Food and Behaviour Research

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Consumption of fish and n-3 fatty acids and risk of incident Alzheimer disease.

Morris, M.C., Evans, D.A., Bienias, J.L., Tangney, C.C., Bennett, D.A., Wilson, R.S., Aggarwal, N., Schneider, J. (2003) Arch Neurol.  60(7) 940-6. 

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Abstract:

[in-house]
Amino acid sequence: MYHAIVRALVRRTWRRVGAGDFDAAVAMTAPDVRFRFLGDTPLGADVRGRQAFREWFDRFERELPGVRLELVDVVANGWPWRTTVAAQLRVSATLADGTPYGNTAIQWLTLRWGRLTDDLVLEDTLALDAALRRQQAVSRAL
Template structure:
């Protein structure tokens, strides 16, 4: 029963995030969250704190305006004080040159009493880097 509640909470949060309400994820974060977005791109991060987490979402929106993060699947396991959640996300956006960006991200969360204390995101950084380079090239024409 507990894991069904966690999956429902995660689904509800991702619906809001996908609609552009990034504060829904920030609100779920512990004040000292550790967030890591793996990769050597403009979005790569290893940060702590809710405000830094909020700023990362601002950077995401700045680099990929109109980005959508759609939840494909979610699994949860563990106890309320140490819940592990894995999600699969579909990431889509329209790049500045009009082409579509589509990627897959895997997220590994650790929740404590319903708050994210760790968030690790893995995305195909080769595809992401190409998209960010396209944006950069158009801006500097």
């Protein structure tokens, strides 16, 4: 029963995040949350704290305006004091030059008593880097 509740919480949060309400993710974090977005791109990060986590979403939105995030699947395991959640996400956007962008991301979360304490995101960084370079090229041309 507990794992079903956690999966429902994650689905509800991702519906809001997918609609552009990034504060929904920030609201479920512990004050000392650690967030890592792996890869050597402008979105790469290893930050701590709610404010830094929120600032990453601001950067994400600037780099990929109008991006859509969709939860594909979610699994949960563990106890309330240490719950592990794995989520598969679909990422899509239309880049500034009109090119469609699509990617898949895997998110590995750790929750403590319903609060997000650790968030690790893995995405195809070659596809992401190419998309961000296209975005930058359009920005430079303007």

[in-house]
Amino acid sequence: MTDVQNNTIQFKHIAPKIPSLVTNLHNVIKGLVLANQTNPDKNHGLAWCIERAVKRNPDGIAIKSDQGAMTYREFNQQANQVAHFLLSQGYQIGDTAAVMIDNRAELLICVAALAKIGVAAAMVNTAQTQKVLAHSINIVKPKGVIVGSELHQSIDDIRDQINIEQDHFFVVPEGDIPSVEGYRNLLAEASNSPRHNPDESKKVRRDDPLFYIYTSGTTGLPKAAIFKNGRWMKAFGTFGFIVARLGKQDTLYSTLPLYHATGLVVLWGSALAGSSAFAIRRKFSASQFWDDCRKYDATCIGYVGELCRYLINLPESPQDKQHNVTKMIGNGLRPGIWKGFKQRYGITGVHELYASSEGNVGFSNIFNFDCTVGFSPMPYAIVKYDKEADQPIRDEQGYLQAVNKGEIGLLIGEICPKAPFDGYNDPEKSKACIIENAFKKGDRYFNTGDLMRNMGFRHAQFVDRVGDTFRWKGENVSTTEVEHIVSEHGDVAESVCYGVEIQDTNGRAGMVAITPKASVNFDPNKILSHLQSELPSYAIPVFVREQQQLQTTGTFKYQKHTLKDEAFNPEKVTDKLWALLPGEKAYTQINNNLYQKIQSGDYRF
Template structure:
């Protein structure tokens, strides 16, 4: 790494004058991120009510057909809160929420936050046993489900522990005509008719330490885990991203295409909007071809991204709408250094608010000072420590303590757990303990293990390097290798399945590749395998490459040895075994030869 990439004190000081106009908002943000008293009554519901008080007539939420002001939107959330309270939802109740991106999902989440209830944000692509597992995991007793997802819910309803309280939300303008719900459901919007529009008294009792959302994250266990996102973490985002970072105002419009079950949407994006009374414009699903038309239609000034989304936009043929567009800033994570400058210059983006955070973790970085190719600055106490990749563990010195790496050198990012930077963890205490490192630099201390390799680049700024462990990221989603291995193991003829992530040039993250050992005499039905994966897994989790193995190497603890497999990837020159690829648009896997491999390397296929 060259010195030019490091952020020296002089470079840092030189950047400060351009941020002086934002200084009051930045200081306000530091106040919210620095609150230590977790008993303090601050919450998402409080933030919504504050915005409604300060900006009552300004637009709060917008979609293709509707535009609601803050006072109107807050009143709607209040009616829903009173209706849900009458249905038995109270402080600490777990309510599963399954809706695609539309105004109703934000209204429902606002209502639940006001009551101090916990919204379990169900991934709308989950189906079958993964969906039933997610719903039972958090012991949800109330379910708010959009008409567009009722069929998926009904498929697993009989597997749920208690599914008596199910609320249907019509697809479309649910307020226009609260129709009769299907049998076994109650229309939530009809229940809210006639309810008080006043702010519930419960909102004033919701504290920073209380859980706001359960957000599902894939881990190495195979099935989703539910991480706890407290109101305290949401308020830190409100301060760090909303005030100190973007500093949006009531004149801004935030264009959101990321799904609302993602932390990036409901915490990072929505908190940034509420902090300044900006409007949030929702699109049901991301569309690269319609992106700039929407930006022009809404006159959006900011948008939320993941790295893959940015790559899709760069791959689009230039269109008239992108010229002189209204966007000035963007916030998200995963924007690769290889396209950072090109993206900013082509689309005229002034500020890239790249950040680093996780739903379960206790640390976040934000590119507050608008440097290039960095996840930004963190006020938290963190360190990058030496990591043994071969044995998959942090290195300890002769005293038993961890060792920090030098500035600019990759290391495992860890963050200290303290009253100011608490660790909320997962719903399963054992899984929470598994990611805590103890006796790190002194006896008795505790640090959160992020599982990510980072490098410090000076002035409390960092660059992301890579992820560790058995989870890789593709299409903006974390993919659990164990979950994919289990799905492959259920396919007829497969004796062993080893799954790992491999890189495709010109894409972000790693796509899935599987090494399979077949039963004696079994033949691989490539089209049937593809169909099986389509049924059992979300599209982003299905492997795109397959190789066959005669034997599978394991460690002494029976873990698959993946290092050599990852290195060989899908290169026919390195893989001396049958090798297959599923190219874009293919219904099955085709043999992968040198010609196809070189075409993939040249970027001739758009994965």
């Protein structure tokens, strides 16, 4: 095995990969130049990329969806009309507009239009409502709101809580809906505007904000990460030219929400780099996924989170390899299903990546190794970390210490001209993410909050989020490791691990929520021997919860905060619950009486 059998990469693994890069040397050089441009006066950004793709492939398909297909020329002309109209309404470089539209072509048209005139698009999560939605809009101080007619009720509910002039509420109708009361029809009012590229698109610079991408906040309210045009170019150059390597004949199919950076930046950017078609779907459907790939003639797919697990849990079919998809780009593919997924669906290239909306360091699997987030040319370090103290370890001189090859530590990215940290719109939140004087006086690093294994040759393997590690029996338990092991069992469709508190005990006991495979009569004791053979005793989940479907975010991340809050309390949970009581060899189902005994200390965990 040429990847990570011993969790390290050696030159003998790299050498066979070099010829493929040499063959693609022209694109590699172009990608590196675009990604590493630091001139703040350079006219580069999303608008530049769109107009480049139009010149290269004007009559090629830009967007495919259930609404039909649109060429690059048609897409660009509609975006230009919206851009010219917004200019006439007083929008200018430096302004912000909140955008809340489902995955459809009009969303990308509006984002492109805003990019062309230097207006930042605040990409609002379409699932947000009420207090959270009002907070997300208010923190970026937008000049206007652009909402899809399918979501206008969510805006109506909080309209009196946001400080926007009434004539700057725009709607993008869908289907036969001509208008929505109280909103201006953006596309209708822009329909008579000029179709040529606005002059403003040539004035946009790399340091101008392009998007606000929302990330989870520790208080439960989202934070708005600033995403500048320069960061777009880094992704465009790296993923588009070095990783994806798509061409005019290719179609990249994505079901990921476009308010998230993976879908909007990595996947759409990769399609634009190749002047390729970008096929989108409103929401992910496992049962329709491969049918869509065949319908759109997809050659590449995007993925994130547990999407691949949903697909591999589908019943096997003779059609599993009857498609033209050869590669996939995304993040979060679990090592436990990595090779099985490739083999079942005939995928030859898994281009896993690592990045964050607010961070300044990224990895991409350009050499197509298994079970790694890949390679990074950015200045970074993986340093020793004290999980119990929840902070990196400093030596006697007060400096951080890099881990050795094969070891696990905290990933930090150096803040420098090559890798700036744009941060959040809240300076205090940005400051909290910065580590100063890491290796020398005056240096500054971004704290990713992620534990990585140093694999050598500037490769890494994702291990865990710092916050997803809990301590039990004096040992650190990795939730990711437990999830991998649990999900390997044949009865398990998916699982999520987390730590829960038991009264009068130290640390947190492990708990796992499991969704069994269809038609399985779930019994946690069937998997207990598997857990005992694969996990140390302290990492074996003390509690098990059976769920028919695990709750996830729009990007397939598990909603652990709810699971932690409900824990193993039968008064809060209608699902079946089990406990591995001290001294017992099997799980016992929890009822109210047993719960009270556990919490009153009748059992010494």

BACKGROUND: Dietary n-3 polyunsaturated fatty acids improve brain functioning in animal studies, but there is limited study of whether this type of fat protects against Alzheimer disease. OBJECTIVE: To examine whether fish consumption and intake of different types of n-3 fatty acids protect against Alzheimer disease. DESIGN: Prospective study conducted from 1993 through 2000, of a stratified random sample from a geographically defined community. Participants were followed up for an average of 3.9 years for the development of Alzheimer disease. PATIENTS: A total of 815 residents, aged 65 to 94 years, who were initially unaffected by Alzheimer disease and completed a dietary questionnaire on average 2.3 years before clinical evaluation of incident disease. MAIN OUTCOME MEASURES: Incident Alzheimer disease diagnosed in a structured neurologic examination by means of standardized criteria. RESULTS: A total of 131 sample participants developed Alzheimer disease. Participants who consumed fish once per week or more had 60% less risk of Alzheimer disease compared with those who rarely or never ate fish (relative risk, 0.4; 95% confidence interval, 0.2-0.9) in a model adjusted for age and other risk factors. Total intake of n-3 polyunsaturated fatty acids was associated with reduced risk of Alzheimer disease, as was intake of docosahexaenoic acid (22:6n-3). Eicosapentaenoic acid (20:5n-3) was not associated with Alzheimer disease. The associations remained unchanged with additional adjustment for intakes of other dietary fats and of vitamin E and for cardiovascular conditions. CONCLUSION: Dietary intake of n-3 fatty acids and weekly consumption of fish may reduce the risk of incident Alzheimer disease.